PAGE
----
18 January 2006
Turkey reports 21st patient with H5N1 this month and WHO is creating regional stockpiles of oseltamivir (anti-H5N1 drug) for developing nations. Is Africa next?
The accelerated pace of H5N1-related events continues. Today (18 January), Turkey reported the 21st patient with H5N1 since the outbreak began this month, with the great majority of patients being under 20 years of age, as was seen during the initial outbreak in 2004 in Vietnam and Thailand. Sequencing of one of the initial H5N1 viral isolates from a patient in eastern Turkey showed not only a change in the receptor-binding region of the virus (of uncertain significance) but also a susceptibility to the older anti-flu drug “amantadine”.
In addition, today the World Health Organization (WHO) Director-General Dr. LEE Jong-wook spoke in Beijing at the opening of the International Pledging Conference on Avian and Human Pandemic Influenza conference. He noted several positive steps that have occurred in Turkey this month. For example, “within one day, patient samples were collected, shipped, and received in the United Kingdom. The results were available within 24 hours. One hundred thousand treatment courses of oseltamivir were delivered within one day after the first cases were confirmed. A team of WHO experts traveled to Turkey within one day of the request by the Government”. He also noted that next week the WHO Executive Board will discuss immediate voluntary compliance with the revised International Health Regulations (IHR), prior to their currently planned June 2007 (17 months from now) “official entry into force”. These new regulations could then apply immediately if flu pandemic began before June 2007.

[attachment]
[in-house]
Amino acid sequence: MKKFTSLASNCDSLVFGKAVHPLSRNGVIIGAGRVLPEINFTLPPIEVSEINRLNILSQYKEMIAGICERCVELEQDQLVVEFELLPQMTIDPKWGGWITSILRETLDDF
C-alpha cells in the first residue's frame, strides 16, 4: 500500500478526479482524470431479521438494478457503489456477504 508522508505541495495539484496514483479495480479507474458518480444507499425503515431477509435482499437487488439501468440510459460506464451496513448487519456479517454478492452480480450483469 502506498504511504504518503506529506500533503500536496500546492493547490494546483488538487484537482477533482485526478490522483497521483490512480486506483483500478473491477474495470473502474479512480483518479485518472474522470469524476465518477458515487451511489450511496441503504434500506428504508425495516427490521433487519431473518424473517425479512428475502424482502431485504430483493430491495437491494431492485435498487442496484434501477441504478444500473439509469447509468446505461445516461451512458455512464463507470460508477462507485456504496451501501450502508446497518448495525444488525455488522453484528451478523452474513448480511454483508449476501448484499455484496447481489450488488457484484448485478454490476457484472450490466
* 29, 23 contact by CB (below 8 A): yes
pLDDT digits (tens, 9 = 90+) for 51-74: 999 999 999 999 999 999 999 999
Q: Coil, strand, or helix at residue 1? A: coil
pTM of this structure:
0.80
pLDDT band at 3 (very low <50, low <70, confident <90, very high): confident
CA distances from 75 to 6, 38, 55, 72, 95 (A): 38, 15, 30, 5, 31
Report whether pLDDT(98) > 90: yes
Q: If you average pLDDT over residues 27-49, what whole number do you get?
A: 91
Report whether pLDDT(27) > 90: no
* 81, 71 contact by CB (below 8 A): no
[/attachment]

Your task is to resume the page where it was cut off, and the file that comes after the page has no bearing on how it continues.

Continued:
Yesterday, 17 January, the WHO announced that the company (Roche) that makes oseltamivir (“Tamiflu”) would donate 2 million additional treatment doses (10 tablets per course) to the WHO for a total pledge of 5 million treatment courses. The initial 3 million treatment courses, pledged last August, are to be stored centrally (near Geneva) for a “rapid response stockpile” to be used only at the onset of a pandemic. In contrast, the new 2 million treatment courses (20 million tablets) will be stored in different regions of the world and thus “will allow WHO to rapidly dispatch antiviral medicines to developing countries in greatest need, in the interests of affected nations and global public health” (according to the WHO on their website posting January 17th). In other words, these new regional stockpiles can be deployed now, and then reach patients ideally within hours after new human outbreaks are detected.
The new regional stockpiles of oseltamivir, the only oral drug to treat most patients with H5N1 influenza virus infection, is very welcome news indeed. How decentralized these stockpiles are remains to be seen, but hopefully they will provide rapid access to treatment for patients not only in Asia and parts of Europe, but also in the Middle East and Africa. In my opinion, H5N1 avian influenza will most likely reach Africa and the Middle East, as well as other nations in Asia, before the next pandemic of influenza occurs. Thus, strengthened preparedness for H5N1 avian influenza in Africa and the Middle East is needed now.
The WHO and US-initiated International Partnership on Avian and Pandemic Influenza should take action now to help better prepare nations in Africa where migratory birds that could carry the H5N1 virus are known to travel, including but not limited to nations along the Nile River such as Egypt, Sudan, and Ethiopia.
Daniel R. Lucey, MD, MPH
Director, Center for Biologic Counterterrorism and Emerging Diseases
ER One Institutes, Washington Hospital Center
Co-Director, Master of Science Program in Biohazardous Threat Agents and Emerging Infectious Diseases, Georgetown University School of Medicine, Washington, DC